Where Have All the Greetings Gone? [Flash Fiction]

The past is not past. What does that mean? Of course, it is past, just as remembering the past is present. So, remembering the past is not past. Does this mean that what I remember is the past–I can only use the material of the past in memory and call it remembering, no? So then, what am I saying when the past is not past, to pass by, to go past, what then . . . where have all the Christmas cards gone? A question I could ask, but do not. It is a theme turned motif in my poetry: what I could do, but do not; should have, but did not; would do, but will not.

If I think closely, dearly, on images from my past (of?), I would see the wooden clothes rack that my mother used to hang the laundry in the kitchen by the back door of our ground-floor, East Flatbush apartment with the backyard that faced East-North East, mostly easterly, by how the sun would come through the window of the door as it peeked its head above the line of roofs along the backs of the houses on East 49th Street, as we lived on East 48th between Farragut Road and Foster Avenue.

The wooden clothes rack was coupled in the space between the refrigerator and the cabinet with the counter next to the sink where we also kept the corrugated tin washboard my mother used sometimes to hand wash our clothes in the kitchen sink, her knuckles then turning red, swollen and knotted.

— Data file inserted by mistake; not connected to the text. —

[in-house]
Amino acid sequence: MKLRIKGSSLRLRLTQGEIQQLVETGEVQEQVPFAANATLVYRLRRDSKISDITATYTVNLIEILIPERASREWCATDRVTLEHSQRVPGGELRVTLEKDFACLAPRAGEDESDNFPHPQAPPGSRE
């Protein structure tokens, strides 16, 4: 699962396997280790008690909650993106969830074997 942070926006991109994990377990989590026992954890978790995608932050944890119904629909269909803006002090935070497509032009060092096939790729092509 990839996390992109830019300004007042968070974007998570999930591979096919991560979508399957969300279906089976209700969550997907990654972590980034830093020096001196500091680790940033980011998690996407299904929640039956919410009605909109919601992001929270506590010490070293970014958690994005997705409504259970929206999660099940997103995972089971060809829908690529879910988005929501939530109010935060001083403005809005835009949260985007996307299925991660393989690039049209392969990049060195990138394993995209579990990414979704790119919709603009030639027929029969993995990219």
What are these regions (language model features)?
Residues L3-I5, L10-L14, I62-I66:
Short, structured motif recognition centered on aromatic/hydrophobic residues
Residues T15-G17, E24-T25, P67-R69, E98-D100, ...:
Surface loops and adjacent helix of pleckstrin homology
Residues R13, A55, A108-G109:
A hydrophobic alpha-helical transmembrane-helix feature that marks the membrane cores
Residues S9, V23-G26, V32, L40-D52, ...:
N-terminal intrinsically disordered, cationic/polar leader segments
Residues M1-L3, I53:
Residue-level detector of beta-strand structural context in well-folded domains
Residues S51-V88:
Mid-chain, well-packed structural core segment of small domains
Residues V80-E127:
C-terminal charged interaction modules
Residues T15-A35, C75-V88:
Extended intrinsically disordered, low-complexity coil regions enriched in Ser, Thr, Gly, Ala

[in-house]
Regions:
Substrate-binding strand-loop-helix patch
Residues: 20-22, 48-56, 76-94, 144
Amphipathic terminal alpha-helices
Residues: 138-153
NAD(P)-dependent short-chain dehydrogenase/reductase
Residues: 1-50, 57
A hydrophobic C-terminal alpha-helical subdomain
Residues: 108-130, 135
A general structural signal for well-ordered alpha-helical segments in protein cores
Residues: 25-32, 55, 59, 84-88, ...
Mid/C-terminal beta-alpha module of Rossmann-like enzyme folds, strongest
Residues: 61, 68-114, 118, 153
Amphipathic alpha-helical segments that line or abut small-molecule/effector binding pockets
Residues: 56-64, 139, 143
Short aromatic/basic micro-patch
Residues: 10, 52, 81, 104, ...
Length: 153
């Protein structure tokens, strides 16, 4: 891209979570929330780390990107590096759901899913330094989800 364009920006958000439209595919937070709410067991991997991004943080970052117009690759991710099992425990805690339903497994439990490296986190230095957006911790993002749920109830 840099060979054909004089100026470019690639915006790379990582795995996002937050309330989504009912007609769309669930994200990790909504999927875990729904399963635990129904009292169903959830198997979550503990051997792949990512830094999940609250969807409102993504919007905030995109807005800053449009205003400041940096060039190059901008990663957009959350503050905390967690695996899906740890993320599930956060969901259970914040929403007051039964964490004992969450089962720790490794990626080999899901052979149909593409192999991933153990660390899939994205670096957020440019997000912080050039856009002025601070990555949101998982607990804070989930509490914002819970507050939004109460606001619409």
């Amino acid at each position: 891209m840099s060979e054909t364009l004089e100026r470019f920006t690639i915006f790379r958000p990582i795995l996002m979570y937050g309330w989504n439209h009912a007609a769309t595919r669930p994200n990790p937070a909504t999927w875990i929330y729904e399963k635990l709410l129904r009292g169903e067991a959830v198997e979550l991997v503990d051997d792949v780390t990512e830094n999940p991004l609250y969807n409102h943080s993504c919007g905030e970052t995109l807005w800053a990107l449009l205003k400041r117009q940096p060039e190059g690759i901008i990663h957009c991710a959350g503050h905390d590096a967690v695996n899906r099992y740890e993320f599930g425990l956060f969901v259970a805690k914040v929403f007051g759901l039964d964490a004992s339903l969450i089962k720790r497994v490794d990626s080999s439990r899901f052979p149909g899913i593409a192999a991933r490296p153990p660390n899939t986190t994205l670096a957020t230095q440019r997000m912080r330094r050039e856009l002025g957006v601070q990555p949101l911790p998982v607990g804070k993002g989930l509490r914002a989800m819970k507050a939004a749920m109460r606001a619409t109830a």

Later in life, if I think really close, knowing her knuckles will have increased in size, I will see her hands bent and turned crimped into lobster claws. There was nothing really else to say . . .

I could have come to wonder about all the former friends for whom fond thoughts were firmly fixed each Christmastide, if I were to focus on this past, as opposed to another? How many does any one man have? Thinking of friends from then no longer now; nor even, from that time, close relatives all now lost, displaced from this place I keep–what is it that I do keep?

Fragments I try to collect. Recollection is an art? Shattered memory, more likely; the way we live. Life’s only lived–what I take’s been mis-taken. Memory is in the living; to live is to remember?

The past is not past, I do and do not understand.


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